When Cardinal Wilton Gregory of Washington, D.C., announced in March 2020 that the Mass would be closed to the public because of Covid-19, I was not angry. His concern for my physical health was prudent. He did not use spiritual bromides to lull us into believing our bodies are impervious to the effects of the world or tell us that defying public health orders in an effort to attend Mass is a true witness of our devotion to God.
The Mass was not cancelled and was still being celebrated by priests, even if the mode of participation by the laity changed. It was available online for those who wanted to watch it, and bishops issued dispensations so we incurred no sin by not attending in person. But some clergymen were angry with what they perceived as bending the knee to the state. They said public health was not within the purview of bishops, who should only care for our souls.
I was told I was fearful because I obeyed the bishop and followed lockdown directives, and that if I were a true believer I would be doing all I could to get to the Holy Mass.
I was told I was fearful because I obeyed the bishop and followed lockdown directives, and that if I were a true believer I would be doing all I could to get to the Holy Mass. To some, the pandemic was a demonic force that overtook the world with the express purpose of separating the people of God from the Eucharist. Obedience to our bishop and public health directives were thus evidence of our excessive fear. Reckless behavior was characterized as holy courage.
Still, I could not forget the desperate news from Italy in early 2020, which warned the world to take the virus seriously. Italians endured so many deaths and long lockdowns, but they grew creative in their isolation. They opened their windows and sang together, and some even played tennis between apartments. They craved contact with others but remained inside in order to protect others. Love your neighbor as yourself, Christ commanded. The pandemic certainly offered plenty of opportunity to do that.
Sadly, the fear of dwindling church donations and a downturn in the economy led some to suggest that the vulnerable should be on lockdown but the rest of us should be free to live as we had before the pandemic. Why should we be penalized for our good health or youth? Why should we suffer poverty or risk being poor? The inability to operate businesses as usual infuriated more people than I expected. Clergy and laypeople who normally defend the life of the weak among us, especially preborn children, were agitated that they might taste economic hardship because of lockdowns—lockdowns undertaken for the common good.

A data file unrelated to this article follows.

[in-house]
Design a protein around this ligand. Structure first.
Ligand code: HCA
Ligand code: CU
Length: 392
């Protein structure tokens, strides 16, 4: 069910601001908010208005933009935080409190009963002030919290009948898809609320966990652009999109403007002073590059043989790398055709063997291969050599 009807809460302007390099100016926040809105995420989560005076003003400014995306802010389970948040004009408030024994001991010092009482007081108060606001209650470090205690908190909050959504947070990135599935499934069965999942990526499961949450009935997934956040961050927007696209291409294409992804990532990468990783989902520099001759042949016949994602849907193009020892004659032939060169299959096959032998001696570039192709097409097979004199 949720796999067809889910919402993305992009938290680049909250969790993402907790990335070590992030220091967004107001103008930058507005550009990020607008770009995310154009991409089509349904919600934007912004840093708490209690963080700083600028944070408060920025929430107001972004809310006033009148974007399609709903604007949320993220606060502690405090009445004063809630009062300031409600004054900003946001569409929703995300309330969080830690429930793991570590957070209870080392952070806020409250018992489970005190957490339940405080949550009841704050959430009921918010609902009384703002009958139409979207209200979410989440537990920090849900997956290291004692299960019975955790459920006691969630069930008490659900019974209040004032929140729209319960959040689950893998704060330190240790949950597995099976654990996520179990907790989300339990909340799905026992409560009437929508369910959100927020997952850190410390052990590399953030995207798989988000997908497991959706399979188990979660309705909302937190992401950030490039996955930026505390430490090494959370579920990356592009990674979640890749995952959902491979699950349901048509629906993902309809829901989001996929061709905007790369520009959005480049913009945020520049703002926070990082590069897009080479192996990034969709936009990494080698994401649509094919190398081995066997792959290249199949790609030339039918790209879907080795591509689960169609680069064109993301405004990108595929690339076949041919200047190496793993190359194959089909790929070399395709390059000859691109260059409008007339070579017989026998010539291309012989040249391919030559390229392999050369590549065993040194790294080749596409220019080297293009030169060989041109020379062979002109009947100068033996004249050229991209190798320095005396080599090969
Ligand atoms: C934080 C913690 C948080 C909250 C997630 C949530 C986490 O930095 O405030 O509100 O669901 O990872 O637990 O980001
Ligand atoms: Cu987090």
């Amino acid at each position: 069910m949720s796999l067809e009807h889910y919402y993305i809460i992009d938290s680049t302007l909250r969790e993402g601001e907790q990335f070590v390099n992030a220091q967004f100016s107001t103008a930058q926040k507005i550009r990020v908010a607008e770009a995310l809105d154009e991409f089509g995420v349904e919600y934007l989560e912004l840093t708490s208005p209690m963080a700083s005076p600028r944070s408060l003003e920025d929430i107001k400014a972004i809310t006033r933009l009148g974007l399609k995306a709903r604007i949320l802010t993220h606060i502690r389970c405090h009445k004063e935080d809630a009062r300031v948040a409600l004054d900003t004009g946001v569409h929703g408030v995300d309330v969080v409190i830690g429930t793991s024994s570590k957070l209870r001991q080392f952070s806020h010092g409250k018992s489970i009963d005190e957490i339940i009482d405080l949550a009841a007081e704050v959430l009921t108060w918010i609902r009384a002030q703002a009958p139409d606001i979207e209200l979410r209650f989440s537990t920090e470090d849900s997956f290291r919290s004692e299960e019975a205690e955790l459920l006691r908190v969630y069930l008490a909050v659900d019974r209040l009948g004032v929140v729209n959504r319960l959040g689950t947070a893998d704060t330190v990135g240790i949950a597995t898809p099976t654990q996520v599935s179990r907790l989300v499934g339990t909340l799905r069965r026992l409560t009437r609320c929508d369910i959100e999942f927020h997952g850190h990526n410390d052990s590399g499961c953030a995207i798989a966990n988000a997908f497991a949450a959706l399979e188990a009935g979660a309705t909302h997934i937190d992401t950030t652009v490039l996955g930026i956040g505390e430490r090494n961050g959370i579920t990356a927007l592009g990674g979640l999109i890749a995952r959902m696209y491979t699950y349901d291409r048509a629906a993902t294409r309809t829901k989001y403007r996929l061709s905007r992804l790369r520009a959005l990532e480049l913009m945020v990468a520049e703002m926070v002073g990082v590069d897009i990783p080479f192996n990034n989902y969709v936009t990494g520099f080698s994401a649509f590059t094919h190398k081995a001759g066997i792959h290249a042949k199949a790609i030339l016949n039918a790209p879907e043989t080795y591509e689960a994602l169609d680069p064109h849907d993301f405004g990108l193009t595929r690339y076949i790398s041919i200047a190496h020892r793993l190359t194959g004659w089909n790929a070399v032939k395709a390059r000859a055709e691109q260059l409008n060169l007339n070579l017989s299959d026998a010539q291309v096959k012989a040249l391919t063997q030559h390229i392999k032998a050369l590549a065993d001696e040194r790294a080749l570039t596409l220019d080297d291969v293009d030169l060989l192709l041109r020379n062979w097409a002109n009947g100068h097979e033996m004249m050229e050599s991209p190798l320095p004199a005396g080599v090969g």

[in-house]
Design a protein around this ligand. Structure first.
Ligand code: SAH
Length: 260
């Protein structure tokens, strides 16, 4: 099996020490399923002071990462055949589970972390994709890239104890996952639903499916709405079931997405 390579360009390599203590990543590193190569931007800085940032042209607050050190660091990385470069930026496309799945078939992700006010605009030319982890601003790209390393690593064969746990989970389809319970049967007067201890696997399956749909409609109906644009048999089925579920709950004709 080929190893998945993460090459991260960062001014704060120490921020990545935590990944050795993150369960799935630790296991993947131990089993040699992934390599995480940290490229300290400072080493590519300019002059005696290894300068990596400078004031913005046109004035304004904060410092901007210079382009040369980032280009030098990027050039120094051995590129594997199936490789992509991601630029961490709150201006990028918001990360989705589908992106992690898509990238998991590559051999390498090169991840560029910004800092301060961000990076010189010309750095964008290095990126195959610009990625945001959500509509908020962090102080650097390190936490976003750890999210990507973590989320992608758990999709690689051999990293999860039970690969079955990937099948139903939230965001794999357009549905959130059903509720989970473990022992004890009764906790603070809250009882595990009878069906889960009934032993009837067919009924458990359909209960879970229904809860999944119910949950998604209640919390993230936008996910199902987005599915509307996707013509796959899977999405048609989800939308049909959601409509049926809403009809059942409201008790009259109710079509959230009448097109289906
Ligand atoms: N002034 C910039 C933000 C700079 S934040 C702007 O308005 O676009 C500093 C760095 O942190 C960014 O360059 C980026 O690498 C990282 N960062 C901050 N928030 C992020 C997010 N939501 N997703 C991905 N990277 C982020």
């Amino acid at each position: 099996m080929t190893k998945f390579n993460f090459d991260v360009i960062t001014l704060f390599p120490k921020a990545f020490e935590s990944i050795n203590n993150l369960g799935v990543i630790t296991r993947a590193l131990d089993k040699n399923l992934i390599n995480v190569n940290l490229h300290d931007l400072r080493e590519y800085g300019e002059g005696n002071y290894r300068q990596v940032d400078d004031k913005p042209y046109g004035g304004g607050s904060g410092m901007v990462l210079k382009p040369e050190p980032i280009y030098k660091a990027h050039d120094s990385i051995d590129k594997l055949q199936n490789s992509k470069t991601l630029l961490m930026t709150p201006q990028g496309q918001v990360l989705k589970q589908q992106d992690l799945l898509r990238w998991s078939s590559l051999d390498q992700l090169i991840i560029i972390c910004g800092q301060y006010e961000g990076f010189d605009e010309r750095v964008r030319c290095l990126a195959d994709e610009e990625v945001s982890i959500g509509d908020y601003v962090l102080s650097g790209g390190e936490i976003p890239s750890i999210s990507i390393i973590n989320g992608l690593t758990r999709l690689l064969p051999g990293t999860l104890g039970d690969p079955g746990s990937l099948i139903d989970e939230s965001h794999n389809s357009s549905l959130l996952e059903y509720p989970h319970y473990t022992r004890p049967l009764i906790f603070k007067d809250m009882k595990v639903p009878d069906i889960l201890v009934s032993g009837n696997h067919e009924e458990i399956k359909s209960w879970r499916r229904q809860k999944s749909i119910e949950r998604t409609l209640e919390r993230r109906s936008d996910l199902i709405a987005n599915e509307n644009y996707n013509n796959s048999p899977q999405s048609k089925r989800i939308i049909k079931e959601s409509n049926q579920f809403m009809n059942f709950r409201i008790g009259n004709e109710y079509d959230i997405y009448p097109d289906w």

How could we complain about sacrifice undertaken for the common good, for the love of neighbor, for the protection of the vulnerable?
We who enjoin women in crisis pregnancies to voluntarily accept poverty, to jettison their previous lifestyle and to forgo whatever interferes with mothering for the sake of their child’s life did not heed our own advice. How could we complain about sacrifice undertaken for the common good, for the love of neighbor, for the protection of the vulnerable?
The pandemic lifted up a mirror, and what was reflected back was not the image of a loving God but craven, self-centered humanity. As soon as we were given a chance to kiss the mantle of poverty and self-sacrifice, we rebelled. As soon as we were offered the cross, we ran.
More than anything, this pandemic should push American Catholics to recall what we believe about the human person and the defense of human life. Let us recall Christ’s example of sacrifice. Let us recall the suffering of the holy martyrs. We may not suffer as the martyrs did, but we can witness to our faith by embracing the restrictions of the pandemic for the love of God and neighbor. Let us not just be preachers or hearers of the word, but doers of the word. The message we Catholics give to those who are considering choosing death for their preborn children should be the message we heed in our own lives. Choose life! Our neighbors’ lives are worthy of protection too.